Studies tell us that those with kids are less happy than those without. They tell us that mothers are less happy than fathers, that single parents are less happy still, that babies and toddlers are the hardest, and that each successive child produces diminishing returns. Still others say…
…parents are more depressed than nonparents whether they’re single or married, whether they have one child or more. So why do parents say they are happy when the data say otherwise? New York Times Magazine’s “All Joy No Fun: Why Parents Hate Parenting ” by Jennifer Senior discusses why.
Daniel Gilbert, the Harvard psychologist and host of This Emotional Life on PBS, and author of Stumbling on Happiness thinks it’s because parents delude themselves into thinking it will make them happy. We have pronatalistic beliefs and values than run our society to thank for that.
But the reality is when the babies hit, satisfaction takes a hit. Psychologists W. Keith Campbell and Jean Twenge not only found that couples’ overall marital satisfaction went down if they had kids, but that parents’ dissatisfaction “only grew the more money they had, even though they had the purchasing power to buy more child care.” Why? Twenge thinks it’s because they become parents later in life. Because you lived without them for longer, you know more about what you gave up. And waiting longer parents tend to romanticize what parenthood will be like, and when it lands in their life, they have a rude awakening.
The marriage also suffers. Satisfaction declines in cycles. It decreases when the baby is born, rises between the kids’ ages six and twelve, then dives again when the kids hit their teens. Disagreements increase, especially about the kids, the guy often feels neglected and experiences his wife as more demanding.
Why else would parenthood affect happiness? Senior talks about how children are long past being needed (pre urbanization) to now being a huge expense, and more like “projects to be perfected.” The kind of “concerted cultivation” this takes is a lot of work.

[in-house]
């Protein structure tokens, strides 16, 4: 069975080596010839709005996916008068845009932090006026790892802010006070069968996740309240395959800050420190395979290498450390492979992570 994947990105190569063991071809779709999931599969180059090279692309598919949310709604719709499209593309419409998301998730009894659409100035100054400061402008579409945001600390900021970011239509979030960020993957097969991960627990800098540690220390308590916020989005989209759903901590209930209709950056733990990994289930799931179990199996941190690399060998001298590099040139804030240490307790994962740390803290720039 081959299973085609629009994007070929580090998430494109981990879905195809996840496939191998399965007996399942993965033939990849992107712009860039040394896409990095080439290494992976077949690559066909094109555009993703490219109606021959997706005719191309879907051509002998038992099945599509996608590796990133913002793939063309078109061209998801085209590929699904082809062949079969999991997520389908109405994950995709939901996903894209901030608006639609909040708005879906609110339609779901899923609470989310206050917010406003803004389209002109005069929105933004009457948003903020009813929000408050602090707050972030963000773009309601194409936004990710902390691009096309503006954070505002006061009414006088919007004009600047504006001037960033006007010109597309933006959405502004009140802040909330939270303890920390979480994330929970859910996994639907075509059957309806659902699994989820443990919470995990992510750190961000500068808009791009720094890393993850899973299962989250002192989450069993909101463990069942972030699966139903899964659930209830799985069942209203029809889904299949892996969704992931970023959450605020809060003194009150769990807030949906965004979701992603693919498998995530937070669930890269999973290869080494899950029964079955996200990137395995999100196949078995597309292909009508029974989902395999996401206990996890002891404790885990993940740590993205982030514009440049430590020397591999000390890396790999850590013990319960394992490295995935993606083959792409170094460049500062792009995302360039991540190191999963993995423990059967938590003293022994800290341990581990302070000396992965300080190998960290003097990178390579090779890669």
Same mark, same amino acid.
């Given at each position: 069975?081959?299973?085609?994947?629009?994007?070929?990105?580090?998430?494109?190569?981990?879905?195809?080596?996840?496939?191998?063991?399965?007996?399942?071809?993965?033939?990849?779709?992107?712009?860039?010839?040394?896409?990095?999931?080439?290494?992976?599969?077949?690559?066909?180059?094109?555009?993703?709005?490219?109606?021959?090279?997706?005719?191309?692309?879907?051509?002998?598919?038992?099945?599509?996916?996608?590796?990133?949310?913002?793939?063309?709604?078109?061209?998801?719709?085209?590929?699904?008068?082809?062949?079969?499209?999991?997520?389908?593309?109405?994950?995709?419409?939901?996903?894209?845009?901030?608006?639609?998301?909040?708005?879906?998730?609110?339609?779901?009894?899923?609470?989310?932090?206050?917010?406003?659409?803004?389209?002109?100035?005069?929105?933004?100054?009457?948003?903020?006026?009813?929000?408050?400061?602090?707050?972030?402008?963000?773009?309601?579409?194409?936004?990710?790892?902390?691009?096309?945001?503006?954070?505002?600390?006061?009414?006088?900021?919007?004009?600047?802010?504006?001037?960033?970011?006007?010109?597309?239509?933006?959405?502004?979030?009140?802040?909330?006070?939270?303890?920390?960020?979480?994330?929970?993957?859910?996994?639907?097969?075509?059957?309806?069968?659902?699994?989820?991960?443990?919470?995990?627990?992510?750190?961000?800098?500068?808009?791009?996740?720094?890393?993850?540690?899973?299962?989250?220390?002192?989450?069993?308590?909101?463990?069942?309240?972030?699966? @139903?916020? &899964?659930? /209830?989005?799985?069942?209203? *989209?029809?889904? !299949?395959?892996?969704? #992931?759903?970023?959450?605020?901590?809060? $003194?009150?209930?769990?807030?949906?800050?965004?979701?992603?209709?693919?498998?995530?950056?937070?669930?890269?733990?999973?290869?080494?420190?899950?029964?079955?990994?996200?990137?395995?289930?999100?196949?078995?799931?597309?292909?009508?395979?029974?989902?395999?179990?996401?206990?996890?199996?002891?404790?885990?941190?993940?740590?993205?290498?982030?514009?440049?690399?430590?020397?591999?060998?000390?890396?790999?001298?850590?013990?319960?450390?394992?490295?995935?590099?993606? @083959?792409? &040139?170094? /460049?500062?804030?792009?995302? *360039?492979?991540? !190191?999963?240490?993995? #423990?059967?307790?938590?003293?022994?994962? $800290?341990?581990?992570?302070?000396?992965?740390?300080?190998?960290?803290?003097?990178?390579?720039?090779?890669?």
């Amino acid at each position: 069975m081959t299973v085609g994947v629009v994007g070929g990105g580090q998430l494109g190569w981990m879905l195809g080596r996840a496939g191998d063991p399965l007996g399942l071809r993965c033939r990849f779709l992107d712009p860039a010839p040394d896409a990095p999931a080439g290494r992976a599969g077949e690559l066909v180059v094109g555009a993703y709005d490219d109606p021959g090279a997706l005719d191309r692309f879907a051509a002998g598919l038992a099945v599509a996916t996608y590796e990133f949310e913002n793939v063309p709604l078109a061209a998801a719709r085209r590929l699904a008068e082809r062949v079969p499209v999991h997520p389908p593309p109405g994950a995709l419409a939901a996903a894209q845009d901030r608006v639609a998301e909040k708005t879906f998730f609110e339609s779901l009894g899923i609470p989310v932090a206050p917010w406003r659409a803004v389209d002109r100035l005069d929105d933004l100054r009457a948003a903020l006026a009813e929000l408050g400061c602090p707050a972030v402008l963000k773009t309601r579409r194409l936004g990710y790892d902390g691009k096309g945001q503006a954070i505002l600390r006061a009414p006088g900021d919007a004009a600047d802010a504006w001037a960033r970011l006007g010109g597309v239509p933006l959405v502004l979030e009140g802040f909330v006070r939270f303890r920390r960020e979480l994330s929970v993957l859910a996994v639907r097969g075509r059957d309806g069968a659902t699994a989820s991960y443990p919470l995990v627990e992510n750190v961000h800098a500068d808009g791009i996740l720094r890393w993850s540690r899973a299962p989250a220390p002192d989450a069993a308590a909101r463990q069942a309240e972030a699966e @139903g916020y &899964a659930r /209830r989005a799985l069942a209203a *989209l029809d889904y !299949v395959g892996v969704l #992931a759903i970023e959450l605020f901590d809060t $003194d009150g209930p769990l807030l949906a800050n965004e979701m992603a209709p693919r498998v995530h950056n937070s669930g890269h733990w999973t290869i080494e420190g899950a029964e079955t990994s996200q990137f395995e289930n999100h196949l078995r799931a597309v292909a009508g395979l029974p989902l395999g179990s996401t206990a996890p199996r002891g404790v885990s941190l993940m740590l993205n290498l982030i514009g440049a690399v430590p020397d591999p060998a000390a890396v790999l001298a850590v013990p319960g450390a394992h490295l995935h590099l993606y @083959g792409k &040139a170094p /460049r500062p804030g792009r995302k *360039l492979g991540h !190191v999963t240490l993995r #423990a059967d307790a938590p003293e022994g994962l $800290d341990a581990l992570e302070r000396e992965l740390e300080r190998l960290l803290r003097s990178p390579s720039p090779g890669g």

Alex Barzvi, a professor of child and adolescent psychiatry at NYU medical school contends that parents these days spend lots of energy comparing themselves to other parents, their kids with others’ kids, and often concluding they’re doing the wrong thing. Indeed, getting caught up in this kind of self-judgment and criticism does not foster feelings of happiness.
And while having kids can deepen one’s emotional life, it also shrinks “your outer world to the size of a teacup, at least for awhile.”
But it isn’t that bad for all parents. Interestingly, countries that have stronger social systems–paid maternity and paternity leave, subsidized childcare and free education and healthcare — “produce happier parents.” These countries make parenting easier, and easier parenting makes for happier parents.
But better social systems aren’t the key to happy parents. As Senior puts it, “purpose is happiness.” The process of parenting may not make parents happy these days, but being parents in the big picture–feeling an overall sense of meaning and reward from parenting, is the happiness parents are talking about when they say they are happy.
But as the childfree know, parenthood is certainly not the only way to find meaning and purpose, thus happiness in life. It is just ONE way.
What gives YOU you meaning and purpose in life? Let’s hear from you–!